By Jamie Beckett
Johnny Mercer was on to something way back when. After hearing a sermon that included a particularly intriguing line, Mercer wrote out the lyrics to a song that has transcended musical styles to be recorded by old school crooners and punk bands alike. He titled his song, Ac-Cent-Tchu-Ate the Positive. Harold Arlen put the lyrics to a melody. You know it. In fact, it’s probably taking root in your head right now. Great songs have a way of doing that.
Perhaps the song is so popular, and so easily molded into the style of the individual or band that wants to make it their own, because the lyric is simple, humorous, and true. It provides us with some much needed, timeless advice. It basically says, promote the positive, avoid the negative, and steer clear of those who are indecisive.
Not since the Disney movie, Bambi, have we been presented with such a clear indication of how to conduct ourselves. I recall the instructions included in that movie to this day, no doubt because my mother quoted it to my siblings and me on a regular basis. In the movie a fun-loving, mischievous little rabbit named Thumper repeats this nugget of parental guidance, “If you can’t say something nice, don’t say nothin’ at all.”
I think we may be on to something here. Because general aviation is slumping. It needs to catch its breath, to stand up tall, to feel important and vibrant again. Yet too often what we hear when we spend time with general aviators is the doom and gloom approach. In short, we have too many Eeyores and not enough Thumpers.
Eeyore is an old grey donkey. He’s gloomy and depressed most of the time. While he appears tired, he always has the energy to point out what’s wrong in the Hundred Acre Wood. And even while his friends Piglet, Pooh, and Owl enjoy themselves with the simple gifts they’ve been given, Eeyore makes it a point to find the dark gray soggy center of every cloud that passes by.
I hope you’re seeing a trend by now. General aviation is one of the most exciting, life-affirming activities any of us has ever encountered, yet so many of us air our grievances so often, we are sending a strong negative signal to those who might otherwise want to join us. We’re telling them in no uncertain terms, turn back, get out of here while you still can. It’s horrible here. Don’t come to the airport. Oh goodness, no. Anyplace but the airport.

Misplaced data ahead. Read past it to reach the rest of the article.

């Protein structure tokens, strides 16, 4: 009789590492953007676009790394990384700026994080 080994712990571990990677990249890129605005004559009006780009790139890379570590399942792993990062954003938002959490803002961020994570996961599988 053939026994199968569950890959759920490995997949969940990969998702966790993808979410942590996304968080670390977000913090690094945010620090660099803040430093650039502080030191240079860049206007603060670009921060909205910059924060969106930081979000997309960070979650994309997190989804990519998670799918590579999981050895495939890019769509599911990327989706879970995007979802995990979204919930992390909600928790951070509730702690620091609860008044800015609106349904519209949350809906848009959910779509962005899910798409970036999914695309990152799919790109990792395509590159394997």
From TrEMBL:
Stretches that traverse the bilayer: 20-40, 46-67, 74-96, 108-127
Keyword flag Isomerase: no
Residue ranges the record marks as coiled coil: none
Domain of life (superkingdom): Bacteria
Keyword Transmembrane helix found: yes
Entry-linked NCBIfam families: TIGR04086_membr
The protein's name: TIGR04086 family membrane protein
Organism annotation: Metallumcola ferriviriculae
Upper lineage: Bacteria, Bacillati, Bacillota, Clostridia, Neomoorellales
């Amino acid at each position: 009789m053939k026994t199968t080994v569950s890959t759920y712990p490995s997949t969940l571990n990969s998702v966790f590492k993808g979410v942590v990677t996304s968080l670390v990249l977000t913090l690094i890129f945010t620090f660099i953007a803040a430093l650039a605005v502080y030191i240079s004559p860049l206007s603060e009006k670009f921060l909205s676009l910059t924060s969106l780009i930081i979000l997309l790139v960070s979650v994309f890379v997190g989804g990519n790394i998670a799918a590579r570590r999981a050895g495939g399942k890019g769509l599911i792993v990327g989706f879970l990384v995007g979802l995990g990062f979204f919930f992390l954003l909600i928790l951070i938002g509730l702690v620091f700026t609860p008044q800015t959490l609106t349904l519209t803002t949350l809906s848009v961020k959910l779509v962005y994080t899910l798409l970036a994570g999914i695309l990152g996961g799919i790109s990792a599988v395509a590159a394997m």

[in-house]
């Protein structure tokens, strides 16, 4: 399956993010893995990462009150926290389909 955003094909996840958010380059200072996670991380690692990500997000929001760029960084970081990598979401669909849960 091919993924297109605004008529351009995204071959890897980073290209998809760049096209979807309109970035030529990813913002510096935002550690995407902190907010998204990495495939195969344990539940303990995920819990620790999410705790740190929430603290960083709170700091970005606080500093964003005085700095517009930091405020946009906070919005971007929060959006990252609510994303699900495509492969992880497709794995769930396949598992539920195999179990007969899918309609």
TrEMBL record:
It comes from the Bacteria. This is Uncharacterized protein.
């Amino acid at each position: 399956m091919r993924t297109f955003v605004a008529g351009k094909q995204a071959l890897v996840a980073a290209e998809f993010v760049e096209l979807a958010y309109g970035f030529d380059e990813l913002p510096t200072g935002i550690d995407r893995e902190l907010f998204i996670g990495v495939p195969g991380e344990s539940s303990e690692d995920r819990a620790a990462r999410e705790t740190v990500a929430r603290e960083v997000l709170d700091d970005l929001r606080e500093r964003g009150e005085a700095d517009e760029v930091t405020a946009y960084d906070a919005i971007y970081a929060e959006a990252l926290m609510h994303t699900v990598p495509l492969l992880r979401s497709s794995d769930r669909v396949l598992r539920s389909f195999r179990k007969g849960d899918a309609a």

That’s not exactly a textbook example of good marketing. Can you imagine if your favorite store did that? After all, Black Friday is coming, with hordes of shoppers teeming in the aisles of stores across America. This is the day when their balance sheets finally see black ink – assuming customers actually make purchases, of course. It’s all a moot point if all they do is window shop.
Customer: “Excuse me, can you tell me where I can find the hottest new toy of the year?”
Salesperson: “Sure lady, it’s over there on aisle 12 or 14 or something. It’s way overpriced, though.”
Customer: (who can’t believe she just heard what she thought she heard) “I beg your pardon?”
Salesperson: (with disinterested malaise) “It’s not as cool as you think, either. I heard there’s going to be a new model in February that makes this one look lame.”
Would anyone blame that customer for leaving the store empty handed? Probably not. And could you feel anything but compassion for the store manager who can’t figure out why the hottest toy of the season is just sitting there on his shelves, rather than flying out the door as he expected it to?
To a large degree we make our own luck. If that salesperson had answered instead, “It’s right over here on aisle 12. Let me take you there.” That store would have made a sale, and that customer would have gone away happy, feeling well served. There’s a good chance she would tell a friend about the level of service she found, too, which just might result in a second sale for the store. Two sales instead of none. That’s progress.
Yep, Johnny Mercer knew a thing or two about how to get people motivated, engaged, and working together. If you’re thinking that your airport isn’t the greatest airport in the world, I would suggest you take a listen to any one of the myriad versions of, Ac-Cent-Tchu-Ate the Positive. Then you might want to sit yourself down, reconsider your airport and general aviation, and start looking on the bright side for a change.
We could use a few more Poohs in this industry, and a lot fewer Eeyores. Remember, you can catch more flies with honey than you can with vinegar.
Ah, I could go on like this all day